Review Summary: Switchfoot frontman trades in alternative rock for an acoustic concept record. Yes, it works out fine.6 of 6 thought this review was well written
It might just be the sheltered Christian kid in me talking, but I’ve always thought that Switchfoot is one of the more underrated alternative bands of this decade. Now if you’re the average music fan and only remember Switchfoot for their Top 40 hits “Meant to Live” and “Dare You to Move” (which were THE Mom-rock songs of choice for movie theaters and malls in 2004), the above statement probably smacks a bit of hyperbole and maybe it is. But there’s always been a degree of universality and transparency in their music that’s set Switchfoot apart from the likes of Hoobastank or The Killers, at least in my mind. Of the six albums the band has released in the past ten years, none has been any worse than solid and their best, 2005’s Nothing Is Sound
, is one of the handful of great mainstream rock records that has come out this century. And while the band’s success has undoubtedly been a team effort and no one member of the band is more important than the other and blahblahblahblahblah – make no mistake: Jon Foreman is the reason why Switchfoot is a good band. His raspy, laid-back vocals provide a perfect vehicle to drive his conscientious and empathetic lyrics home as the listener happily goes along for the ride. All terrible metaphors aside, Foreman really is a first-rate singer/songwriter who unfortunately has always been underappreciated (except by the Christian music community, who will always hold a fond place for him in their hearts for landing a Switchfoot song on the WB’s Everwood
Foreman brings his considerable songwriting talents next to a solo acoustic project, a series of four six-song EPs entitled Fire
-- wait, wrong Southern California artist. No, instead of focusing on elements, Foreman’s EPs are all titled after the seasons of the year: Fall
, and Summer
, the first half of which will be reviewed here. Don’t go into these EPs expecting sonic experimentation akin to what Thrice attempted with The Alchemy Index
. Each disc differs slightly from another in mood – i.e. Fall
are generally more melancholy while Spring
are naturally more upbeat – but the instrumentation and arrangements here are simple and don’t vary much from disc to disc. It’s Foreman’s vocals, it’s Foreman’s guitar (or piano on a few tracks), and usually one, maybe two accompaniments (the horn and harmonica get a workout on Fall
, cello or simple percussion do likewise for Winter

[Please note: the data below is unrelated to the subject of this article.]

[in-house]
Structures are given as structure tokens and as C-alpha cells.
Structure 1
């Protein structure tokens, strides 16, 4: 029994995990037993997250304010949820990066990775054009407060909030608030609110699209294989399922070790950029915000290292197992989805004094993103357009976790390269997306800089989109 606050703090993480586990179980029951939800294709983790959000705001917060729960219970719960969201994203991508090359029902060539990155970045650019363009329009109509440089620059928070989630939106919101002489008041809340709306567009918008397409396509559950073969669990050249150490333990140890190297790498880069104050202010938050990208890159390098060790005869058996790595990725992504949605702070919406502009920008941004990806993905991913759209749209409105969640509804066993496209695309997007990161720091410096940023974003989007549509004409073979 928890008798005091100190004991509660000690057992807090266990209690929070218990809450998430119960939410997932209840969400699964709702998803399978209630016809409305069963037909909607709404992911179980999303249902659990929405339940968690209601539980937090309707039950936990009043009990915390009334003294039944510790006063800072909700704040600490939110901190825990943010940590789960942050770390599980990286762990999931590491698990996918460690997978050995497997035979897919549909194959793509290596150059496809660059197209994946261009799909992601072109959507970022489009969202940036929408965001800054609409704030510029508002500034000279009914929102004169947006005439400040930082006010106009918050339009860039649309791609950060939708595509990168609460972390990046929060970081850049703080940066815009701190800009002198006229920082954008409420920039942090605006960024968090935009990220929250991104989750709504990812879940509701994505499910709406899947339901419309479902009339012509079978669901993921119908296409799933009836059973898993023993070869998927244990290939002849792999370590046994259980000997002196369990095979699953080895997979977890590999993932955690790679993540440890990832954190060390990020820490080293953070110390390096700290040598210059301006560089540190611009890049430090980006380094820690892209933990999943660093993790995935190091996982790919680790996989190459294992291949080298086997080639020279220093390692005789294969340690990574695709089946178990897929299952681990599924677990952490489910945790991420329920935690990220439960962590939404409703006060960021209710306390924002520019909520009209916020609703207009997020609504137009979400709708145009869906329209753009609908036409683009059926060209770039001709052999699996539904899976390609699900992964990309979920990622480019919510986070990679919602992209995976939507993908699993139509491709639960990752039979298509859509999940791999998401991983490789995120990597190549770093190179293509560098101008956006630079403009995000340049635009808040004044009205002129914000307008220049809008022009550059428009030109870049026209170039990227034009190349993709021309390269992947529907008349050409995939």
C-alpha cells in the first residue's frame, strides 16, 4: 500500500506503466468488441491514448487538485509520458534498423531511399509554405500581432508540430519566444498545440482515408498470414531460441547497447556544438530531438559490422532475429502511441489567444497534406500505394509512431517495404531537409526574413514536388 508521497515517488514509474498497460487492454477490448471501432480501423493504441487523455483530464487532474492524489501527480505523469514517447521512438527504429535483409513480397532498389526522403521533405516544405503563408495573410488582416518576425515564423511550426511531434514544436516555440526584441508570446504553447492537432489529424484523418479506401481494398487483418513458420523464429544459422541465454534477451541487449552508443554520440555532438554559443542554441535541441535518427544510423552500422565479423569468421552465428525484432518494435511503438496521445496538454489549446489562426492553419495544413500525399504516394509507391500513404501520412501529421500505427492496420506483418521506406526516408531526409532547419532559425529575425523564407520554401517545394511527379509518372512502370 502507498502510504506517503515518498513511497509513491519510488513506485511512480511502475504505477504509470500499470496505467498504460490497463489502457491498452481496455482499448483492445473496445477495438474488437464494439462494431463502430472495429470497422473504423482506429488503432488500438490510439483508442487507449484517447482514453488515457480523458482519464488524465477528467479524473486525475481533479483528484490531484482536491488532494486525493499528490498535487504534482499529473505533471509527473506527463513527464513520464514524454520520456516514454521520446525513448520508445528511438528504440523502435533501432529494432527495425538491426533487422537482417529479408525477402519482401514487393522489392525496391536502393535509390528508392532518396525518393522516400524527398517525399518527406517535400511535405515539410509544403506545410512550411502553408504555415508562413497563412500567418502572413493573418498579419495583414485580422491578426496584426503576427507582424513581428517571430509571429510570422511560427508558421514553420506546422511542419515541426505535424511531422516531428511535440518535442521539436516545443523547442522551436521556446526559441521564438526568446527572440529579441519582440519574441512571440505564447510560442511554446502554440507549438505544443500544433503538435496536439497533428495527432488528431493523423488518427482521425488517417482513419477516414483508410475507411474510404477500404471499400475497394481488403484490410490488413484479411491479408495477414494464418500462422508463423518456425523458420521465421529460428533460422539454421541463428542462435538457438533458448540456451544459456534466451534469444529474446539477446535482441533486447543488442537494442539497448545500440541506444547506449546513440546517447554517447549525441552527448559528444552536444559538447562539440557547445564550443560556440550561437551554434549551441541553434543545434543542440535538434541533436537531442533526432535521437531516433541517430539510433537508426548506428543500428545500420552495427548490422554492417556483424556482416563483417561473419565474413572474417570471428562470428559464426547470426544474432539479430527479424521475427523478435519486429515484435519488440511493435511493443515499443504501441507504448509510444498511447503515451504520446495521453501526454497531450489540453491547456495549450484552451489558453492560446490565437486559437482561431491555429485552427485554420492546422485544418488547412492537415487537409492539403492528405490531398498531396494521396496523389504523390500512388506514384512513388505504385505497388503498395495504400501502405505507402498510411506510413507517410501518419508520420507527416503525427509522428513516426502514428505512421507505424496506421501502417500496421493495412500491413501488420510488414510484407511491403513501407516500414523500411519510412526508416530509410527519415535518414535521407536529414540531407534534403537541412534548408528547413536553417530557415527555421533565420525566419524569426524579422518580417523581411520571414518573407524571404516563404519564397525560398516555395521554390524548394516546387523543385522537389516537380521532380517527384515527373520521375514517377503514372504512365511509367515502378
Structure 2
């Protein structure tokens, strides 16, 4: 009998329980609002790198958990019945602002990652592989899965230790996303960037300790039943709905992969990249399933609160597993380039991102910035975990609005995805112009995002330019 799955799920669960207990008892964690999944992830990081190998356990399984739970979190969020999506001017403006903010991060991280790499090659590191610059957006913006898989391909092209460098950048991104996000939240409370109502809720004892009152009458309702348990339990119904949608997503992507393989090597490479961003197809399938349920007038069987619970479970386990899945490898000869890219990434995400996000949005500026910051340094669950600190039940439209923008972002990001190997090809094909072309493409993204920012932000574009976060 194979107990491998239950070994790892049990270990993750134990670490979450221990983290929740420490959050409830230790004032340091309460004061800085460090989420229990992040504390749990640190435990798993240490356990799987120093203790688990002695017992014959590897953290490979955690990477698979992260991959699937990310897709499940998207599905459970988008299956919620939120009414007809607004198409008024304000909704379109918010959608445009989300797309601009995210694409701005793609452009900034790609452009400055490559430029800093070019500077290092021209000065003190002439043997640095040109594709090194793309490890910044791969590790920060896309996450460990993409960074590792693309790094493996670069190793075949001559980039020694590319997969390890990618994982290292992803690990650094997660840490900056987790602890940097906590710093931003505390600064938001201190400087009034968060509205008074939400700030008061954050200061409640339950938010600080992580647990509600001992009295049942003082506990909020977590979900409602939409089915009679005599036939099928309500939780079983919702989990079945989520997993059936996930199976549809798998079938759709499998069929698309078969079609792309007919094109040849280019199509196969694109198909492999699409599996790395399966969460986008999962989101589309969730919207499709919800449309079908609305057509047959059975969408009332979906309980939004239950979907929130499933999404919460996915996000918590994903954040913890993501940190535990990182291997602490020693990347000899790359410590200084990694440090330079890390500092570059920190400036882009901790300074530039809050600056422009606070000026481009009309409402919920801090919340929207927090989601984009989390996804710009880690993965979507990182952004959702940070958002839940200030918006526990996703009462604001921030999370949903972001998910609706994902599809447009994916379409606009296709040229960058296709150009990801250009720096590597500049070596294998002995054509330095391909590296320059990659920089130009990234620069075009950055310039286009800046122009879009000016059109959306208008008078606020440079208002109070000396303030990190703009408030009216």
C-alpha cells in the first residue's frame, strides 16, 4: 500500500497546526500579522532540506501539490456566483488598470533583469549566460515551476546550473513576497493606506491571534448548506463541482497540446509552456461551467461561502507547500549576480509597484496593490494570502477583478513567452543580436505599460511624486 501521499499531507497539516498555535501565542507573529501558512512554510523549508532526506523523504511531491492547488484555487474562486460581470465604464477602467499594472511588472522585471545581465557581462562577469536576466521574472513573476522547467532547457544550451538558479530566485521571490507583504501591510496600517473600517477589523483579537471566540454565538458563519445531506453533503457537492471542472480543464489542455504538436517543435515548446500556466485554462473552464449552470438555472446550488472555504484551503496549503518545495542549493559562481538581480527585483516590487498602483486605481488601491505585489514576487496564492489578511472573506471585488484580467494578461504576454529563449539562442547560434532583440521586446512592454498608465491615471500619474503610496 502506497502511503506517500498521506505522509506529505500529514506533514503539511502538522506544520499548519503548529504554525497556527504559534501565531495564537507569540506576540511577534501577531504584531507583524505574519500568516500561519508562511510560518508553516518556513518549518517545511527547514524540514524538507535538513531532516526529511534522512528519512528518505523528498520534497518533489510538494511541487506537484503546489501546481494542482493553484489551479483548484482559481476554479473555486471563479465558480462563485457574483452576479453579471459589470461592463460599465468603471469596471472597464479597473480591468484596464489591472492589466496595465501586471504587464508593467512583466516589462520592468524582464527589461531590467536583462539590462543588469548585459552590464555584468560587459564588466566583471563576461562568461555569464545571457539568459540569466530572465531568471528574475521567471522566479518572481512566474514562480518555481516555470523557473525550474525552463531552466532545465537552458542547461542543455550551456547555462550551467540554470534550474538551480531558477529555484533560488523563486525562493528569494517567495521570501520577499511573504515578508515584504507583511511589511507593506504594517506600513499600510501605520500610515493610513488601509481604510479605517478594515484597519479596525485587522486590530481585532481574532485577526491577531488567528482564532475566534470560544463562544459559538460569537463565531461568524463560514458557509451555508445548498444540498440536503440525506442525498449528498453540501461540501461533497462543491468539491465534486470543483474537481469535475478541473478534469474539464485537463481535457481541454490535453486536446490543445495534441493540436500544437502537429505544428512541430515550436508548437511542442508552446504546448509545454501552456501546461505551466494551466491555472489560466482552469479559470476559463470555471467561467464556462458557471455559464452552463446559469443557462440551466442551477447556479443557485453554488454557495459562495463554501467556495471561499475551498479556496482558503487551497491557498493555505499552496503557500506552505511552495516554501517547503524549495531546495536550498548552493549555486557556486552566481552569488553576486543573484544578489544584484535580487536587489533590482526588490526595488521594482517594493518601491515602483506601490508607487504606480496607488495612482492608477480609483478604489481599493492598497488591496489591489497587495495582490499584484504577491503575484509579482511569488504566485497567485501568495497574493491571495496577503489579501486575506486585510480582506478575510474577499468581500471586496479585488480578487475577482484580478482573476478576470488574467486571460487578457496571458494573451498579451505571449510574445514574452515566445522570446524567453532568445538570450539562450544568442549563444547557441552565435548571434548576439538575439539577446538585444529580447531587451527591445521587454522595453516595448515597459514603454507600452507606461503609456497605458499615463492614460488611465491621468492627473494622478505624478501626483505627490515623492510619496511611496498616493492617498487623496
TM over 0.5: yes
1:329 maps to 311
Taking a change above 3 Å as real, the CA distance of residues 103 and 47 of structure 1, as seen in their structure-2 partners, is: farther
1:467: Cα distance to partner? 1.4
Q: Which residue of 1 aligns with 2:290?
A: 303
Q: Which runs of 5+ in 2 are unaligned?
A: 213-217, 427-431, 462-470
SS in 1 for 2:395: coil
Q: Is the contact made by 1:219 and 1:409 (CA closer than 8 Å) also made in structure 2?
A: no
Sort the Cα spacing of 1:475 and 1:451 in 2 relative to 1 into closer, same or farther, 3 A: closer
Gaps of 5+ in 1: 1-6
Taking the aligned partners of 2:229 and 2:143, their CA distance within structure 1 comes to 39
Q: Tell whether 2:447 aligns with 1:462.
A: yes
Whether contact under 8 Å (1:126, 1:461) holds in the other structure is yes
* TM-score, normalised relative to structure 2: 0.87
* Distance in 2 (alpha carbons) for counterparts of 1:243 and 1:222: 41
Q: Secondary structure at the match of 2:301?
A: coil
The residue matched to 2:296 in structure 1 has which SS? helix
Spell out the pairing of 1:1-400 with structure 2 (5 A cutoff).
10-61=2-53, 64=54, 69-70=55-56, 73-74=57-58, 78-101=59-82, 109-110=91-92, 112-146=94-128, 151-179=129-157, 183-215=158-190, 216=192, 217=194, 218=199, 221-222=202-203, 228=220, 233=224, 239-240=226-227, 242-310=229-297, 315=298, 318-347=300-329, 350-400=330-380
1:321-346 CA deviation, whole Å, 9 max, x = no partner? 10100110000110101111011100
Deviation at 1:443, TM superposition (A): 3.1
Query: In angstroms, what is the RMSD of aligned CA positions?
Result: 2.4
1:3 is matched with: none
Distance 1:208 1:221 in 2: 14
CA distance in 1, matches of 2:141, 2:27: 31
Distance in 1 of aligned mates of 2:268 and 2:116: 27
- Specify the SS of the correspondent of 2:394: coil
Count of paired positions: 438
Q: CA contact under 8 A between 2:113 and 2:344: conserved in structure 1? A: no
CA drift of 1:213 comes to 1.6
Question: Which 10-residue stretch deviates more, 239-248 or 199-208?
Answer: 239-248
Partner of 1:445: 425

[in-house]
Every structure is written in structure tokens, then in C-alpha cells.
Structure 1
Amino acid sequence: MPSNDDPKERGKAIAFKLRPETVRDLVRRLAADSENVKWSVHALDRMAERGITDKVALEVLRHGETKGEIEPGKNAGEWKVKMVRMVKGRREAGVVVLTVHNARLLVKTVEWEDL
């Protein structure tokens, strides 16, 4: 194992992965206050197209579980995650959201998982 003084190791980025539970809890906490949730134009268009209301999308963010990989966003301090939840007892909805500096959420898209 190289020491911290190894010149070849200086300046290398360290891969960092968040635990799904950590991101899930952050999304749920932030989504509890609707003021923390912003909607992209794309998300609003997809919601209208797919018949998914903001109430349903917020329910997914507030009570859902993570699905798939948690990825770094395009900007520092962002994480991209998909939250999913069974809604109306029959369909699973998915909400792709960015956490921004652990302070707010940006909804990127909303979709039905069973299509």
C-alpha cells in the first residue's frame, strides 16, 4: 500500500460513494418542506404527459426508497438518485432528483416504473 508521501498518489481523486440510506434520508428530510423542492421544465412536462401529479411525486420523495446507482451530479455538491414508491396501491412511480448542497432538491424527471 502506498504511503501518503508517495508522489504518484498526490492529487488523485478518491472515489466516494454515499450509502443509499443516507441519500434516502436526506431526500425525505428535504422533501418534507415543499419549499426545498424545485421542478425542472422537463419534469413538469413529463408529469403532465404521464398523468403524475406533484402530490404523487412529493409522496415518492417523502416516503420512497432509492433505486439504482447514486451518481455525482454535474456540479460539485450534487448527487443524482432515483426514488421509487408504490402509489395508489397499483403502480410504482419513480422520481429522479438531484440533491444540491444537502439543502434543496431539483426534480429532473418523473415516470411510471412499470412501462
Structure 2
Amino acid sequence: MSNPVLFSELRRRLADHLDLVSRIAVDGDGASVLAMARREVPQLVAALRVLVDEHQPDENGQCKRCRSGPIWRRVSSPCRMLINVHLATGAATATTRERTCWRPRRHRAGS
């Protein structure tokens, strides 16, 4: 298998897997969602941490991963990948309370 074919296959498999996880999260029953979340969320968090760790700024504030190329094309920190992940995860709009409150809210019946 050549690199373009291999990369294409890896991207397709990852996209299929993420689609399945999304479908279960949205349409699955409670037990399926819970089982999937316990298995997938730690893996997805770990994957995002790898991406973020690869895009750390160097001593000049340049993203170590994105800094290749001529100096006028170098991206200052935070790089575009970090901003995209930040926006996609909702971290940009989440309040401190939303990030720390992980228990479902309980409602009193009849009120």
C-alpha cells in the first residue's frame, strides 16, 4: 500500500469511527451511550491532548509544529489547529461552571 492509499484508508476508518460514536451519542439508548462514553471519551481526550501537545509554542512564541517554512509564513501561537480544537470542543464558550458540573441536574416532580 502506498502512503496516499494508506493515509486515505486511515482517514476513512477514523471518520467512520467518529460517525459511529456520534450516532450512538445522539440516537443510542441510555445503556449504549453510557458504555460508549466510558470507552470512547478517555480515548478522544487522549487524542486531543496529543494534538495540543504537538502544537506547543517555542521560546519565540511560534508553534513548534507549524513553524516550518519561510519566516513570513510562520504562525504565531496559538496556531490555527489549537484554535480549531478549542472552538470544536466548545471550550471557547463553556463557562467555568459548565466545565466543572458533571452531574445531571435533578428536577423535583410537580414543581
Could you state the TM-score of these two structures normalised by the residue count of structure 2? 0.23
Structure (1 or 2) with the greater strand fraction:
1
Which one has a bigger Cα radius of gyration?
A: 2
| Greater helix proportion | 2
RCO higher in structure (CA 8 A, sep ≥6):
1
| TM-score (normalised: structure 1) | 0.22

). And that’s it. In this way, Foreman’s solo material is reminiscent of Switchfoot’s early albums blended with a healthy appreciation for Damien Rice and Elliott Smith. And while Fall
don’t quite stand up to the best work of those other great singer-songwriters, it’s pretty damn good in its own right.
is probably the best of the four EPs, as it contains Foreman’s best vocals of the entire project (or perhaps his career, for that matter). He sounds appropriately brittle and vulnerable on the stark “Learning How to Die” and grimly yet compassionately narrates a homeless woman’s tale of hopelessness in “Somebody’s Baby.” On the flip side, the quaint “Behind Your Eyes” finds a glimpse of beauty in an otherwise dreary landscape and Foreman’s yearning vocals maintain a sense of hope on “I Am Still Running.” Comparatively, Fall
isn’t as consistently stunning or moving, but it may be a better introduction to the project. The beautifully bittersweet “Southbound Train” finds Foreman’s vocals taking on the persona of a weary traveler, while the piano-led “My Love Goes Free” sadly yet bravely accepts the loss of a loved one. Foreman’s lyrics have a tendency to decry the buildup of material possessions and note the evil man is capable of (see “Lord, Save Me from Myself” and “Equally Skilled”) and this Ecclesiastical side of him tends to wear thin after awhile, especially lines like ”And sex is a grand production, but I’m bored with that as well.”
Lack of sex drive aside, Foreman’s got that “everyman” quality that every singer/songwriter who wears their heart on their sleeve needs to be successful. He’s empathetic, he’s honest, he’s compassionate, he’s transparent, and
he looks like a hippie. To be honest, this solo venture he’s undertaken probably better suits him than his role as frontman for Switchfoot; at the very least, he’s carving out a pretty good contingency plan for whenever his “real” band decides to call it quits. All in all, one of the better albums of the year.
Southbound Train, My Love Goes Free.
Learning How to Die, Behind Your Eyes, Somebody’s Baby